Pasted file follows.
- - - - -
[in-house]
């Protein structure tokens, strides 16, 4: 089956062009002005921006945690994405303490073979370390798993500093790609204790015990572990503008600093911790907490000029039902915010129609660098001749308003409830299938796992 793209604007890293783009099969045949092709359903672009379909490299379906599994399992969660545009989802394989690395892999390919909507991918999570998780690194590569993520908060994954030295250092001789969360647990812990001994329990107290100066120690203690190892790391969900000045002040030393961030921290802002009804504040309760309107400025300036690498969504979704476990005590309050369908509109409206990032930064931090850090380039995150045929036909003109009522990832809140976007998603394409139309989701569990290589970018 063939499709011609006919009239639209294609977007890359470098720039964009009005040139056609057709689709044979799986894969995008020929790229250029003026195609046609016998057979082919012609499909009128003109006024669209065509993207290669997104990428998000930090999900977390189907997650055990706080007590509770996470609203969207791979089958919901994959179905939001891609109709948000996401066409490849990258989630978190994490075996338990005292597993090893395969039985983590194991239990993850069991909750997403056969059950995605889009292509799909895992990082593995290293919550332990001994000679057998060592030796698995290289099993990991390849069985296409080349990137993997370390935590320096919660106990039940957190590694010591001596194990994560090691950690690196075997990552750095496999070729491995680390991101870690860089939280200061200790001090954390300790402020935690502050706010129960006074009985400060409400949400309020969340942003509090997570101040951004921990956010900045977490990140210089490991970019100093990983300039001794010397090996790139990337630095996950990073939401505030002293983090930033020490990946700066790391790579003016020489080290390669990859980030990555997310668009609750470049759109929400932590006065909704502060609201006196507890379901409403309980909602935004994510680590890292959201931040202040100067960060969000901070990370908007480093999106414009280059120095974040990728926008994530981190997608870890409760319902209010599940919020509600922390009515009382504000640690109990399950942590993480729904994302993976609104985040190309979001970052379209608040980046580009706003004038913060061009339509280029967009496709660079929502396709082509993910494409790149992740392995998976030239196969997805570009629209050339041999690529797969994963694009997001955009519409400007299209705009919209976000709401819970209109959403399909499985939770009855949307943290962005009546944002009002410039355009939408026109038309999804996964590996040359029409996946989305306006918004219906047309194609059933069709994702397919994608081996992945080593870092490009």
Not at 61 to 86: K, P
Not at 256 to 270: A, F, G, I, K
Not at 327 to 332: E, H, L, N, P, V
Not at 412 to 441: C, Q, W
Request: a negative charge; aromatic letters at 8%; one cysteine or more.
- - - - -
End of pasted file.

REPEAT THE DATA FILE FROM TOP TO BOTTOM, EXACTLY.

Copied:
[in-house]
């Protein structure tokens, strides 16, 4: 089956062009002005921006945690994405303490073979370390798993500093790609204790015990572990503008600093911790907490000029039902915010129609660098001749308003409830299938796992 793209604007890293783009099969045949092709359903672009379909490299379906599994399992969660545009989802394989690395892999390919909507991918999570998780690194590569993520908060994954030295250092001789969360647990812990001994329990107290100066120690203690190892790391969900000045002040030393961030921290802002009804504040309760309107400025300036690498969504979704476990005590309050369908509109409206990032930064931090850090380039995150045929036909003109009522990832809140976007998603394409139309989701569990290589970018 063939499709011609006919009239639209294609977007890359470098720039964009009005040139056609057709689709044979799986894969995008020929790229250029003026195609046609016998057979082919012609499909009128003109006024669209065509993207290669997104990428998000930090999900977390189907997650055990706080007590509770996470609203969207791979089958919901994959179905939001891609109709948000996401066409490849990258989630978190994490075996338990005292597993090893395969039985983590194991239990993850069991909750997403056969059950995605889009292509799909895992990082593995290293919550332990001994000679057998060592030796698995290289099993990991390849069985296409080349990137993997370390935590320096919660106990039940957190590694010591001596194990994560090691950690690196075997990552750095496999070729491995680390991101870690860089939280200061200790001090954390300790402020935690502050706010129960006074009985400060409400949400309020969340942003509090997570101040951004921990956010900045977490990140210089490991970019100093990983300039001794010397090996790139990337630095996950990073939401505030002293983090930033020490990946700066790391790579003016020489080290390669990859980030990555997310668009609750470049759109929400932590006065909704502060609201006196507890379901409403309980909602935004994510680590890292959201931040202040100067960060969000901070990370908007480093999106414009280059120095974040990728926008994530981190997608870890409760319902209010599940919020509600922390009515009382504000640690109990399950942590993480729904994302993976609104985040190309979001970052379209608040980046580009706003004038913060061009339509280029967009496709660079929502396709082509993910494409790149992740392995998976030239196969997805570009629209050339041999690529797969994963694009997001955009519409400007299209705009919209976000709401819970209109959403399909499985939770009855949307943290962005009546944002009002410039355009939408026109038309999804996964590996040359029409996946989305306006918004219906047309194609059933069709994702397919994608081996992945080593870092490009």
Not at 61 to 86: K, P
Not at 256 to 270: A, F, G, I, K
Not at 327 to 332: E, H, L, N, P, V
Not at 412 to 441: C, Q, W
Request: a negative charge; aromatic letters at 8%; one cysteine or more.